Have You Found Your Word?

Here we are, heading into a new year with a word to guide us. In case you’re not familiar with the concept of having a word for the year, it’s to provide a focal point on which one contemplates throughout the year. Sometimes a word will come to you, or sometimes you will find that you are stuck on a word, and either way is fine. This isn’t something mandatory or rigid in the way that one thinks of sticking to resolutions. It’s more like expanding any given experience by thinking, “Now, what would (insert your word here) bring to this situation?”

My word for 2014 is frolic, although at first, I tried to scrape it off the way I’d clear the bottom of my shoe after stepping in something unpleasant. 

Words that invoke happy images make me uncomfortable. Part of me believes that happiness is a crock. Happiness doesn’t truly exist, except in the form of joy, fickle and fleeting. So I was hoping for a better word, wishing for one to settle down on me, wave a flag in my face so I’d recognize it. Something I’m already comfortable with. Responsibility. Commitment. Family. A word that I could explore a little more deeply, but that wouldn’t demand that I expose myself.

Then, my friend Nils died on Christmas.

I met Nils in 2007 when he mentored me for a class called The Particularity of Play. He was eager to discuss his theories on play, and eager to press me into unexplored realms. He had a wicked sense of humor and sensed my discomfort. He said that in order to study play, I’d have to actually do it. Imagine that.

I’d have to do it in ways that weren’t comfortable or fun.

Like sit quietly for a minimum of thirty minutes a day and think.
Like sit for another thirty and not think.
Like write whatever came to mind without worrying if it made sense.
Like twirl. Dance. Get an imaginary friend.
Like making marks on paper and calling it art. Change the way I made my mark in the world.

Nils made a lot of marks, and many of his marks were nudes.

I made some attempts to draw marks on paper with charcoal and pencil. They were dreadful. I sent them to him because part of playing is admitting you did. Not caring about the outcome. He wrote back.

“Try erasing,” he said.

I laughed. Was erasing the way to improve bad art?

Nils was like that. He took some of his paintings that hadn’t sold and drug them along the ground behind his old truck or tractor till they were scraped up and ruined. He thought that improved them some.

“Don’t make your work precious,” he said.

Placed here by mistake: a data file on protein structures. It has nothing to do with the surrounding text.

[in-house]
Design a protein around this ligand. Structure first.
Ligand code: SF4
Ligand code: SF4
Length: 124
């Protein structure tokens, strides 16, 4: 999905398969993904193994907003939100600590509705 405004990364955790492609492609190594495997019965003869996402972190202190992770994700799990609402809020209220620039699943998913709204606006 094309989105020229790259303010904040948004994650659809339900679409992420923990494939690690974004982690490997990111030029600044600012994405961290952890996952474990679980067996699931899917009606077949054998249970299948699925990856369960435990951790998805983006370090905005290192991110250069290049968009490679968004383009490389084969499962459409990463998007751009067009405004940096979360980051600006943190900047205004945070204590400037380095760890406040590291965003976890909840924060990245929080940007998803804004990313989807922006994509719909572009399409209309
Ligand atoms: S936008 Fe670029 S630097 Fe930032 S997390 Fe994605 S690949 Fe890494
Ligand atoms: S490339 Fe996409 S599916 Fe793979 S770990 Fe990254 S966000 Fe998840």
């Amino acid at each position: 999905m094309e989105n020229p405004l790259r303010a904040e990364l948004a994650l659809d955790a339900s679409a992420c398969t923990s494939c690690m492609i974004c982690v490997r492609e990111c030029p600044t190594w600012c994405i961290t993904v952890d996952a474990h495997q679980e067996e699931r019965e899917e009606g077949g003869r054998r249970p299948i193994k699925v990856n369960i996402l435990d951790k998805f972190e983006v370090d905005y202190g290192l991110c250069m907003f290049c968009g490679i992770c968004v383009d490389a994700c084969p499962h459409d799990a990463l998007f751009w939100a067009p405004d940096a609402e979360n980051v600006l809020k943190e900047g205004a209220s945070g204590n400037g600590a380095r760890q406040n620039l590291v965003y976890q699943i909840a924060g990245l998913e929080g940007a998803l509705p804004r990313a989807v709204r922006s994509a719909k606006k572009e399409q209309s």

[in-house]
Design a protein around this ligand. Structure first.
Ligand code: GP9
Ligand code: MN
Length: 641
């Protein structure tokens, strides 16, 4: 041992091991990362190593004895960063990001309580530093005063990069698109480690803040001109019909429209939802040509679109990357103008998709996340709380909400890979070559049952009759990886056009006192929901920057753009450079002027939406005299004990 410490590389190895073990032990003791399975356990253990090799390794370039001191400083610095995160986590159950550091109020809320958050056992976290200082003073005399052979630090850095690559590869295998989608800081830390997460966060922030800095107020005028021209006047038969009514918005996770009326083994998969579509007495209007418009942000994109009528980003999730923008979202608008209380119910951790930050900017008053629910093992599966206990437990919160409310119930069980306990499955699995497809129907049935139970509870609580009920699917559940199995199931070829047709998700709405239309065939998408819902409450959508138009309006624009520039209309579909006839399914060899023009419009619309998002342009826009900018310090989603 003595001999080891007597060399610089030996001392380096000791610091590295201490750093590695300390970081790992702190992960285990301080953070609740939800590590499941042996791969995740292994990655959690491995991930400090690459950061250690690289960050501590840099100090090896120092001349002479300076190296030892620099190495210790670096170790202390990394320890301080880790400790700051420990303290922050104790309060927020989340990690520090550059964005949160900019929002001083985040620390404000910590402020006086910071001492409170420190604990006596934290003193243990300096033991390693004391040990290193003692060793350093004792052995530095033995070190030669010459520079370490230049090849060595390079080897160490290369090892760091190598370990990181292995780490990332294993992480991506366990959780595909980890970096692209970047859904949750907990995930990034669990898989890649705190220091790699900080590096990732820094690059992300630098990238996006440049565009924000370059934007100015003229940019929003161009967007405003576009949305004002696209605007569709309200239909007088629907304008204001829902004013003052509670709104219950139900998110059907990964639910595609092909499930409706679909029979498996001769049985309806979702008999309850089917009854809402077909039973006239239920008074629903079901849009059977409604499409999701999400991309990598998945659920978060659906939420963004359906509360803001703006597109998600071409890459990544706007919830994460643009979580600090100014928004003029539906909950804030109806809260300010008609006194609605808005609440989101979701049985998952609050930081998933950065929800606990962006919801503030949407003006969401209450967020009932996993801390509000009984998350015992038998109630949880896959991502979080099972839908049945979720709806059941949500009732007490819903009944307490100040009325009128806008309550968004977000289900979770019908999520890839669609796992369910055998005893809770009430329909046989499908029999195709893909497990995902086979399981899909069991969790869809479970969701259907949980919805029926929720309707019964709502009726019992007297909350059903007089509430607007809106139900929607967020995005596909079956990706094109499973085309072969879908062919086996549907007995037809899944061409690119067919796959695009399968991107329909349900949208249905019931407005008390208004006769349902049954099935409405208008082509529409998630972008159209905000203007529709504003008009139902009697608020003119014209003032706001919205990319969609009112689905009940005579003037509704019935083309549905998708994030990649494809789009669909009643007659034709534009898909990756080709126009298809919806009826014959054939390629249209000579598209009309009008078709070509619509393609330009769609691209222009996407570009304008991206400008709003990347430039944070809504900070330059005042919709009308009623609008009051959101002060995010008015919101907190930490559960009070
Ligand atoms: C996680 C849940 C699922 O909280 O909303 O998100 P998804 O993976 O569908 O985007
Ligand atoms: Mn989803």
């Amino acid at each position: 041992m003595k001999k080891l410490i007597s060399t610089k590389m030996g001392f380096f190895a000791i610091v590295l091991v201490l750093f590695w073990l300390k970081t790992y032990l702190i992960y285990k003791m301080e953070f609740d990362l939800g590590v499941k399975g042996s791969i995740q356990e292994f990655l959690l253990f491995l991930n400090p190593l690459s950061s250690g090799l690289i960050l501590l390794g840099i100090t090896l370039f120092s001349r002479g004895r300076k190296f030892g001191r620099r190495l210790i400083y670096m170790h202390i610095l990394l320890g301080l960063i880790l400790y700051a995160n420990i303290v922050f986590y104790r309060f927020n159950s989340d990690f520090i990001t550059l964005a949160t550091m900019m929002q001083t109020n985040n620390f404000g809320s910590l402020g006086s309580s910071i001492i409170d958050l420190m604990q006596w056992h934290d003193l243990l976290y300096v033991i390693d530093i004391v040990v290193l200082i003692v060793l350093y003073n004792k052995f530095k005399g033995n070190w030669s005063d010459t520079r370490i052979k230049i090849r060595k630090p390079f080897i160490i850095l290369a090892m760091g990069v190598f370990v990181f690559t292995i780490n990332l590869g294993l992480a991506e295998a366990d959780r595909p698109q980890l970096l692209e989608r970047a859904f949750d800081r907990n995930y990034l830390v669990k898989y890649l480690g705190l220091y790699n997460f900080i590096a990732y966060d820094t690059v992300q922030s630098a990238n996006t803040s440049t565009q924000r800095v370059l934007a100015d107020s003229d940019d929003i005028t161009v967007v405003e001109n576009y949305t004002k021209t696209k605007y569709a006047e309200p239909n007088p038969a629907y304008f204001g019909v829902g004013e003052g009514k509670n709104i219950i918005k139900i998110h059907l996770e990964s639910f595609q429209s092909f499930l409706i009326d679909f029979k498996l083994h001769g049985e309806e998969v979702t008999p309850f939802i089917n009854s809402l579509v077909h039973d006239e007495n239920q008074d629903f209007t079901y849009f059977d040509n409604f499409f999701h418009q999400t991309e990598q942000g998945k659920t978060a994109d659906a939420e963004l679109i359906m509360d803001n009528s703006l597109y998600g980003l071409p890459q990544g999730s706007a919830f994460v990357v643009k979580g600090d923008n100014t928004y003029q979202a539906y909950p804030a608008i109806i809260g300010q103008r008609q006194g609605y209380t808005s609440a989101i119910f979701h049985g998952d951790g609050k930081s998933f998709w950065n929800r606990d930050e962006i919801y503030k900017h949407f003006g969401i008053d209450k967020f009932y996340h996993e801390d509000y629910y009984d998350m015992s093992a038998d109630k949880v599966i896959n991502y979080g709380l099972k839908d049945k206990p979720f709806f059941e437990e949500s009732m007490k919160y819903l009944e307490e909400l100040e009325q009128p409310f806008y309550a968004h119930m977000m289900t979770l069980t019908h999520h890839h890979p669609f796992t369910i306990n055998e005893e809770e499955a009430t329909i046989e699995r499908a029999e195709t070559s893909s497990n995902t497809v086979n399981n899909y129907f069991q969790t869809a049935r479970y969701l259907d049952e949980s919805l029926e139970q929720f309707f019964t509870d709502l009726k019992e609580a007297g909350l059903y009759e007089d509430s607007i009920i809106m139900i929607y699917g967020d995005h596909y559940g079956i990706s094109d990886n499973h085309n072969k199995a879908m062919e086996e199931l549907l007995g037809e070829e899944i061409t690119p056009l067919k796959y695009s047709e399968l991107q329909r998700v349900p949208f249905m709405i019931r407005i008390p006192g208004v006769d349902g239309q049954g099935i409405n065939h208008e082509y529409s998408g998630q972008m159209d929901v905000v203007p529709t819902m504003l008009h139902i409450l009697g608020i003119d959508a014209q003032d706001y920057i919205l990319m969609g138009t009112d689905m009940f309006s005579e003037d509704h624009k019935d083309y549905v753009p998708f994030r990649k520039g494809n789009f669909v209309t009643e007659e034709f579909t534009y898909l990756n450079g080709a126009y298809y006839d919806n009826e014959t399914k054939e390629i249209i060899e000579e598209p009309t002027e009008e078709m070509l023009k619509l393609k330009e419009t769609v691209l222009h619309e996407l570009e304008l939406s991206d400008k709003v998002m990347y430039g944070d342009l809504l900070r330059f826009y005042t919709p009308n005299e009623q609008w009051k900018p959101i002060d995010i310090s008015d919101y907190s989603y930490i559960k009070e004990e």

He made pots and then threw mud at them. I brought him some mud from my lake for a pot. He threw it at paper instead, then painted, then threw more mud at it. I have one of those paintings. He called it Vaginal Discord. There’s a companion piece he titled Penile Glitch after his second wife Diane passed away. He was feeling lonely and sad. He was going to give it to me, but I didn’t make it over there this summer or fall because my husband was ill.

Nils rarely gave me his art. He always sold it to me for some pittance. The painting would be marked $600, $800, $1200 and he’d say, “For you, it’s $99.95.”

“Nils,” I’d say, “That’s ridiculous. If you’re going to sell it to me for that low, you could just give it to me.”

“I could,” he’d say, “but it’s more fun to make you pay a little.”

Nils published excerpts from my final paper in the textbook he used in his classes at Linfield, The Play Book. For the years I knew him, play was a cornerstone in Nils’ life and his work.

Diane Ackerman wrote: “There are moments on the brink, when you can give yourself to a lover, or not; give in to self-doubt, uncertainty, and admonishment, or not; dive into a different culture, or not; set sail for the unknown, or not; walk out onto a stage, or not. A moment only a few seconds long, when your future hangs in the balance, poised above a chasm, It is a crossroads.”

The cataclysmic possibilities for play exist at that crossroads. Our willingness to fully engage in openness, spontaneity, humor, and vulnerability despite the risk of danger and the seeming futility of hope, promises to be a source of transformation through adult play. That apocalypse may come in the deep look that offers ecstatic connection, the automatic response of muscle memory, affirmations of value, release of tension, or mastery of self.

Nils was the master of play. I miss him already.

In his honor, I embrace play’s cousin, Frolic. Nils would be amused.

Infuse some humor and play into your experience with your word this year, won’t you?

Betty McNamee Explore
Chris Lareau Unperturbable
Colleen Strom Attention
Dani Rexine Release
Deb Stone Frolic
Deb Johnson Nies Stretch
Debbie Meyer Accept
Emilie Finn  Reach
Frankie Kennedy-Sordahl More
Giovanna Zivny Choose
Heather Misner Oster Be
Heather Whitlock Love
Jamie Malone Presence
Jen Kauppi Discard
Jessica Morrell Steadfast
Joe Koziol Honor
Lim Hale Live
Leigh Anne Jasheway Unflappable
Linda Mullen Lloyd Simplify
Lisa Cihlar Seed
Lisa Rymer Aware
Mark Beuger Turn
Mary Ward Create
M.K. Hobson Gratitude
Molly Haslebacher Connect
Molly Mandelberg Patience
Natasha Reck Fullmer Christ
Paige Hirt Less
Robert Holcomb Courage
Sable Jak Be
Susie Klein Wonder
Sunny Olsen Softer
Suzanne Shaw Precious
Toni Morgan Bloom
Vincent Bambini Inseparable

If you find your word, or your word finds you, feel free to post yours below. I’ll post occasionally to share how my word and I are getting along, and invite you to do the same.

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2 Comments

  1. There are ao many words that I love…no has never really been one of them. 😉 This photo is a fav!

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